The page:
Previously, in his biography, he had made this rather startling disclosure: “In the year 1711 [which would have been while they were living at the Camps along the Hudson] my father married my stepmother,” adding, “It was an unhappy match and was the cause of my brothers and sisters becoming scattered,” until Conrad alone of the eight children whom John Conrad had brought to America with him, remained.
Writing of their arrival, Conrad records, “On the 13th June, 1710, we came to anchor at New York in North America and in the same autumn were taken to Livingston’s Manor at the expense of the Queen.” But not a word about the refusal of the health officials of New York to permit them to land. Appalled at the amount of sickness aboard the ships, the authorities shunted the entire group off to Nutten (now Governors) Island until those not desperately ill should have won back their health.
In the meantime, Robert Hunter, the newly appointed Royal Governor of the Colony, had made the voyage with them, safe and secure against sickness in the isolation and privacy of the great cabin of one of the ten ships of the convoy, the Lyon. He was promptly conducted into the city, there to make preparations for the placement of this unprecedented immigration.
The Palatines, according to the terms of a contract signed with the English Government before they sailed away from England, were to reimburse the Government for their transportation and maintenance until they became self-supporting by the production of the sorely needed naval stores-particularly tar and turpentine, which the Government would purchase. It remained for Governor Hunter to find land suitably located and with an abundance of pine timber and get the entire project under way.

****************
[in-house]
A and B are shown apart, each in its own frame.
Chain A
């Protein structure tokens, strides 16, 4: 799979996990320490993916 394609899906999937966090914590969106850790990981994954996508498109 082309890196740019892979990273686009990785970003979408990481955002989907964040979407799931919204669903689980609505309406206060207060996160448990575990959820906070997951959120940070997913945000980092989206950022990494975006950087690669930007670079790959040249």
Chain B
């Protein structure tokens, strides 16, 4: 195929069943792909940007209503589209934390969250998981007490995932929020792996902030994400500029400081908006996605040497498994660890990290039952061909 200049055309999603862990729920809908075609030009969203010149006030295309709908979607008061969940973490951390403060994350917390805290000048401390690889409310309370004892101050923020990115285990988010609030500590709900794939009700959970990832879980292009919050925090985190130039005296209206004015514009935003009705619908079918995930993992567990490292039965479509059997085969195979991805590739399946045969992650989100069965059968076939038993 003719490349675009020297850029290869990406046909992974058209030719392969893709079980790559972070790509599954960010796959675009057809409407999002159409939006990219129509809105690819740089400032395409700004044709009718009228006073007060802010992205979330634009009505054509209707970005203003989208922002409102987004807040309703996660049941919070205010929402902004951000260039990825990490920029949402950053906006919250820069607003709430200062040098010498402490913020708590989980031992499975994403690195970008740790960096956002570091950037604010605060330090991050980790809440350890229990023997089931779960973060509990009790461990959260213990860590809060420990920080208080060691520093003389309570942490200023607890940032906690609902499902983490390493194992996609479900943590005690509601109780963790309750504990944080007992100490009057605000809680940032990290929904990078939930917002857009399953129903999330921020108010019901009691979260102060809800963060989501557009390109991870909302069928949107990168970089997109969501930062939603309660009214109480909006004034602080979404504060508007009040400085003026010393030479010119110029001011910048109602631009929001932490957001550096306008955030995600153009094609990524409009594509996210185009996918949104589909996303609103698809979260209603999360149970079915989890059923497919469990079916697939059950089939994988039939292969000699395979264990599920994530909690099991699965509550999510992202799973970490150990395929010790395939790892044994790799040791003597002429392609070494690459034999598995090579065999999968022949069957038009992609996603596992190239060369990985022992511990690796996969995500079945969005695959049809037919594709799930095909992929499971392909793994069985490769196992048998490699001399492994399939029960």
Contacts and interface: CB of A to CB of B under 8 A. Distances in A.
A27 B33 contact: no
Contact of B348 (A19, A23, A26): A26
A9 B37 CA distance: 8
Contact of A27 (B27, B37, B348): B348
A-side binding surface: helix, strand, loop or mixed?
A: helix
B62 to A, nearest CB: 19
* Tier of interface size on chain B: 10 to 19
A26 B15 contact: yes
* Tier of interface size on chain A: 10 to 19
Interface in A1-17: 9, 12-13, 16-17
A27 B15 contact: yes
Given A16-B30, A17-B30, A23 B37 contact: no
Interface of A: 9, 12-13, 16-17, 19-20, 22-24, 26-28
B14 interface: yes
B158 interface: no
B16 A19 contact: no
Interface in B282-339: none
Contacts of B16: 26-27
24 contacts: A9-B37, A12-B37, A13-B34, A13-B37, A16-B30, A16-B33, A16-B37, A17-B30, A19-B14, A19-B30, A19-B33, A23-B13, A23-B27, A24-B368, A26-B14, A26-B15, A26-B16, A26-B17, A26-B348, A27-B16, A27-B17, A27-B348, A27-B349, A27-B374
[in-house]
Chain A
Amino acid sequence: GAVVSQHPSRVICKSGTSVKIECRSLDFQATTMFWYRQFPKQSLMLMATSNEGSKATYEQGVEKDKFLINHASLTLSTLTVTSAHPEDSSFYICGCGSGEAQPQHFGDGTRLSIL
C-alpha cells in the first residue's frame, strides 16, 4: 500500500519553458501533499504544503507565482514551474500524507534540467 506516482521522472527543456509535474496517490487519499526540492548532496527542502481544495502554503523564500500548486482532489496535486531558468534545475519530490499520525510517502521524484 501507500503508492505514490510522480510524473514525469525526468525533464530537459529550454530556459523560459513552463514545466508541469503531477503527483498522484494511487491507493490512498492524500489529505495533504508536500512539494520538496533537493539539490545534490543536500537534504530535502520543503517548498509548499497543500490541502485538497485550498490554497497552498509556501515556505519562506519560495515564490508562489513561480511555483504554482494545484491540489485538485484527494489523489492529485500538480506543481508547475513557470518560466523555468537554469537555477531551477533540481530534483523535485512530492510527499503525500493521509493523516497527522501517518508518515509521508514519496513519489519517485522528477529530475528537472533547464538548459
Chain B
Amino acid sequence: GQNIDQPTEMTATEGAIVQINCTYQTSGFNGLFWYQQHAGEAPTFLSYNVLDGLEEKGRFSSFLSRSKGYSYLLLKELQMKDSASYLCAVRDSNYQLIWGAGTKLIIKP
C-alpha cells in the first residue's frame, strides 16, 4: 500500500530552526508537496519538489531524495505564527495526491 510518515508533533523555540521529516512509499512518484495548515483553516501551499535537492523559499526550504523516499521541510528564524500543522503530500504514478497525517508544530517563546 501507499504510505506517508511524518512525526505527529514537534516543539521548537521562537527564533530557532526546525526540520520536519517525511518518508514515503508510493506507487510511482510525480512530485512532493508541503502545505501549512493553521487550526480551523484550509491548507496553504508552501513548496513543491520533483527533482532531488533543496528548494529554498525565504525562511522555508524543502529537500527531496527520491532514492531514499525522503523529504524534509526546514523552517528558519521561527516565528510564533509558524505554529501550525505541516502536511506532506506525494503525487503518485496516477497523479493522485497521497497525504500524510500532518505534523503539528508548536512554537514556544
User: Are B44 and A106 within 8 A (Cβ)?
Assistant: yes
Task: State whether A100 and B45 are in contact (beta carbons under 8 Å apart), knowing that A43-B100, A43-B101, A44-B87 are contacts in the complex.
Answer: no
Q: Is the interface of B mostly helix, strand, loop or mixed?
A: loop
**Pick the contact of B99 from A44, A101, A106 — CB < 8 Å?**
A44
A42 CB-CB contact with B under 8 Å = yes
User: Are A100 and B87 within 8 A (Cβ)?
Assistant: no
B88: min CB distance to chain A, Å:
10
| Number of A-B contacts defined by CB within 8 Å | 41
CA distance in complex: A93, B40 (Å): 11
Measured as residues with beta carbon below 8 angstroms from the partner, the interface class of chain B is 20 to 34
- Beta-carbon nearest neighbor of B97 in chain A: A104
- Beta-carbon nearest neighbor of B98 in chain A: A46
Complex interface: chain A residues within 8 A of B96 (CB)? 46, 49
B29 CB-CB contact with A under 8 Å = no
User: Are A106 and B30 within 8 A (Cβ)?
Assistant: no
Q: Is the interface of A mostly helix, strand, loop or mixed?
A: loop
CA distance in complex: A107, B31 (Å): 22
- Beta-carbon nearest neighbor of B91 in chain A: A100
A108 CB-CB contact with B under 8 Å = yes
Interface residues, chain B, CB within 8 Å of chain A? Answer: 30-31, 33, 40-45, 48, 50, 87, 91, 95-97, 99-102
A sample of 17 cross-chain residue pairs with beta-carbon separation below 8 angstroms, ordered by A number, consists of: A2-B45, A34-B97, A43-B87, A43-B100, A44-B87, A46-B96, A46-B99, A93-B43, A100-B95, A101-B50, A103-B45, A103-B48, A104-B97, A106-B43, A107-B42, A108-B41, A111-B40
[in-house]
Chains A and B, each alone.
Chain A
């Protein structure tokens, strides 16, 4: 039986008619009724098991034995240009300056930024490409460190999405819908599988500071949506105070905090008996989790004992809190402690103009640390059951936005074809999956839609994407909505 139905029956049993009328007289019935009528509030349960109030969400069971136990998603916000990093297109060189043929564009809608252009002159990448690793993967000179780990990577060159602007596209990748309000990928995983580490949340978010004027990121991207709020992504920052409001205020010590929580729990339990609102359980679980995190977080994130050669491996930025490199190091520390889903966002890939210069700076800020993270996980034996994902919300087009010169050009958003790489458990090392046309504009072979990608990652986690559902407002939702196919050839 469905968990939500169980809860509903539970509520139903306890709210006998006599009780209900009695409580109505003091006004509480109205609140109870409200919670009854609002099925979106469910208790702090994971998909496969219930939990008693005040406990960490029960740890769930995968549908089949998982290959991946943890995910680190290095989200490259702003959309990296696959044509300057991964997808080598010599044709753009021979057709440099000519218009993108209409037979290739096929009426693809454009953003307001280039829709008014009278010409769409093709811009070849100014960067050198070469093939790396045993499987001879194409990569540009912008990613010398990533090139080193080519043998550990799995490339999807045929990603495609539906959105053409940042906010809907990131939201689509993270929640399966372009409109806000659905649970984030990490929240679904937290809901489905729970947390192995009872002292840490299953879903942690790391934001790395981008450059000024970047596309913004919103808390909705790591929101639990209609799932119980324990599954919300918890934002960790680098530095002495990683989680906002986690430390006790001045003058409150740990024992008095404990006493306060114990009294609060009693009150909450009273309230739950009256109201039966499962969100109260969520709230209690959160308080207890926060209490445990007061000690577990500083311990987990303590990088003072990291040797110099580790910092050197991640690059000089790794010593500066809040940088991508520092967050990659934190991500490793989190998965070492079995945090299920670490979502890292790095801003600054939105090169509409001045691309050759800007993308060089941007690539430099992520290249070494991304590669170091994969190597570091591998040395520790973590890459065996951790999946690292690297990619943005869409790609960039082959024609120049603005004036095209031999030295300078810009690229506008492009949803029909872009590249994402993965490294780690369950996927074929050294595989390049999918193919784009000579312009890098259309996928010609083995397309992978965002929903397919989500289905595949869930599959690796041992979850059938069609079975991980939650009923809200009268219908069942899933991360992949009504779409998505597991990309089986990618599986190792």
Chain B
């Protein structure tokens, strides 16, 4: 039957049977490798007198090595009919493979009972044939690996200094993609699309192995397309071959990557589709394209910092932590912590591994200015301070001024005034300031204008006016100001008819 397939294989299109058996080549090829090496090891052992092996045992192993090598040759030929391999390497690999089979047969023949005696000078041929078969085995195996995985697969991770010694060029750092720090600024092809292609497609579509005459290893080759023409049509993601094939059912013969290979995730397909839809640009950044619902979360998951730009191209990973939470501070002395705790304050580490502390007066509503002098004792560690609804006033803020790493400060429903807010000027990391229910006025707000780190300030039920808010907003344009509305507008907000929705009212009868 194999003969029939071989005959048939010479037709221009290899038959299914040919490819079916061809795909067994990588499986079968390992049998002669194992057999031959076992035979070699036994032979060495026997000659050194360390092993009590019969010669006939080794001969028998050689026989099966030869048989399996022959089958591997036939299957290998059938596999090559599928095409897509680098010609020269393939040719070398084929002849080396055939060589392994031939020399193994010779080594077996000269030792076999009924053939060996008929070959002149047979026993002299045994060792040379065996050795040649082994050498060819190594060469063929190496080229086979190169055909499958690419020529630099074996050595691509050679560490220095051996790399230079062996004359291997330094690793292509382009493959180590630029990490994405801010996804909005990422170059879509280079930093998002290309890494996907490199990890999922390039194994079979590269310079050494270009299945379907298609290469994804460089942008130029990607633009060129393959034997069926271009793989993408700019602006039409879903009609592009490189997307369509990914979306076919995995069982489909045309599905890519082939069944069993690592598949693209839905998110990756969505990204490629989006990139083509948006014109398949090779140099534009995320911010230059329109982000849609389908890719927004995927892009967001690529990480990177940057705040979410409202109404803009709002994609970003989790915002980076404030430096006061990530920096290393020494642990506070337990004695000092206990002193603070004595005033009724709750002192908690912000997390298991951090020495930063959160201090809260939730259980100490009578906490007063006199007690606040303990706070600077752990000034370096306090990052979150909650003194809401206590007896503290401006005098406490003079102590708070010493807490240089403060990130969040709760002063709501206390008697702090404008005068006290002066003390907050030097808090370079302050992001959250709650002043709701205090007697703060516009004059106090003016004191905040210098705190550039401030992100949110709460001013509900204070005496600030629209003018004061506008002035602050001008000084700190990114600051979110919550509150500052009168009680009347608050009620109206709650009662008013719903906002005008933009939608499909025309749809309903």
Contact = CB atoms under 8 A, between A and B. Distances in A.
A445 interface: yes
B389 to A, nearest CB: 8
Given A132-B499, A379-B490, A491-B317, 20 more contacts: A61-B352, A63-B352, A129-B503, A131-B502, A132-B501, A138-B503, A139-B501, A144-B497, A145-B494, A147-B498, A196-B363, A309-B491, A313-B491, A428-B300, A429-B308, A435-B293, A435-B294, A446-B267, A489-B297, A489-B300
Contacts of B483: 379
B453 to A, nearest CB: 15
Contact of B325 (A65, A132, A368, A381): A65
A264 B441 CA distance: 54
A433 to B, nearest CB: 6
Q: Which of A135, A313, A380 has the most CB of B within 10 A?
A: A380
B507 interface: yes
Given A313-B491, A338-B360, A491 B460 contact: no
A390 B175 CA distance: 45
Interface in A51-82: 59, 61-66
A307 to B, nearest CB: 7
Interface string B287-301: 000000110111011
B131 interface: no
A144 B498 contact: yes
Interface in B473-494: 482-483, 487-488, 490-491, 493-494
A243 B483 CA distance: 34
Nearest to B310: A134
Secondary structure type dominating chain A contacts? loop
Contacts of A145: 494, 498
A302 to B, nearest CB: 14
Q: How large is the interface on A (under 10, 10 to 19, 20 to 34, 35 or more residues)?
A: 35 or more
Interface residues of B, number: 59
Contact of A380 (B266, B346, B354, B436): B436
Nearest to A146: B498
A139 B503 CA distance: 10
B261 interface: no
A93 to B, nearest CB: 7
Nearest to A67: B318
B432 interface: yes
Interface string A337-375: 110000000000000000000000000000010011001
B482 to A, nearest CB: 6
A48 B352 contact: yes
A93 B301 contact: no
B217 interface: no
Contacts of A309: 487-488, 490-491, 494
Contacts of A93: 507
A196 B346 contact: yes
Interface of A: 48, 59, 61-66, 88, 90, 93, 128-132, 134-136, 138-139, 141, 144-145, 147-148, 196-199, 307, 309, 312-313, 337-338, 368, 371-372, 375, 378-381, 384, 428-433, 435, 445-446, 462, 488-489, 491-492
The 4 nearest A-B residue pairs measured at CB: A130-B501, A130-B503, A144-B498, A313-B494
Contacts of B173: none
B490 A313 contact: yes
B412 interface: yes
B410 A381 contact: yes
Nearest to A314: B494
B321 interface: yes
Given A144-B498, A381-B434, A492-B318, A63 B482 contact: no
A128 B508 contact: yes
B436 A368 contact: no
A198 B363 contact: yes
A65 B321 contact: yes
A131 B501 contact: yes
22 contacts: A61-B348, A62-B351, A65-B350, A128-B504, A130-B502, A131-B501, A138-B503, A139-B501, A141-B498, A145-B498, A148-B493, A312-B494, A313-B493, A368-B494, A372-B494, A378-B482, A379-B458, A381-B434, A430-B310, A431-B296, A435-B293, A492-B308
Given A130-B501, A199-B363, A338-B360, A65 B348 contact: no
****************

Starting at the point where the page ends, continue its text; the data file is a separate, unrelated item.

To the Governor the country was as unfamiliar as it was to the Palatines themselves. The results of an extensive search in which land in the Mohawk and Schoharie valleys was considered, and the many reports and recommendations which followed, led him to purchase 6000 acres in what is now Columbia County, some 70 miles from New York and directly on the east bank of the Hudson River, thus providing deep-water transportation to and from the city. Opposite, on the west bank, lay another tract of land not yet granted and still remaining in the ownership of the Crown. Here, on these two tracts, were founded the “East Camp” and the “West Camp.”
While Governor Hunter busied himself with the future placement of the Palatines, the latter remained in temporary residence in their hastily constructed shelters on Nutten Island. It was while here that many of the children, orphaned by the death of their parents during the voyage over (or subsequently on the Island itself where an additional 250 died), or who were too young to work, were apprenticed. This included the younger children of the larger families as well, for it was the belief of the authorities at New York that these children should be spared the hardships of the exposed and difficult life that the Palatines must soon experience. Better that these young ones be placed in the homes of good and reputable people through their tender years.
Thus it was that two of John Conrad’s sons, George Frederick and Christopher Frederick, were bound out to William Smith of Smithtown, Long Island. It is understandable that the parents of these apprenticed children, John Conrad, for example, should have rebelled at such a course hut the local authorities had issued an “Order for Apprenticing the Palatine Children” over the Governor’s signature, which decreed in part:
There being many Orphans who are unable to take care of themselves to work, and many, who by sickness are Rendered uncapable of doing any service for some time and in that Condition would be a great expense and there being no Prospect of Settleing them this summer by reason it’s so much advanced…
Those in whose care the children were placed entered “into an Agreement in Writeing to Cloathe, Victuall and use them well and deliver them to the Government when called for.”
It was not until October that the Palatines were moved from Nutten Island to the lands they were to occupy along the Hudson. No provision had been made there for housing them, hence it was their first task to build the crudest of shelters until they could build more habitable, though still primitive cabins against the cold of winter, which was all but upon them.
If the Contract the Palatines signed seems impractical to our present-day understanding, we need only recall that the English Parliamentarians and the Palatines as well, were dealing with remote, unknown and untried situations. Doubtless both parties entered into the Contract in good faith but unforeseen exigencies arose which were contrary to the best beliefs of the English who conceived it, making it impossible for either of the signers to fulfill the contractual obligations.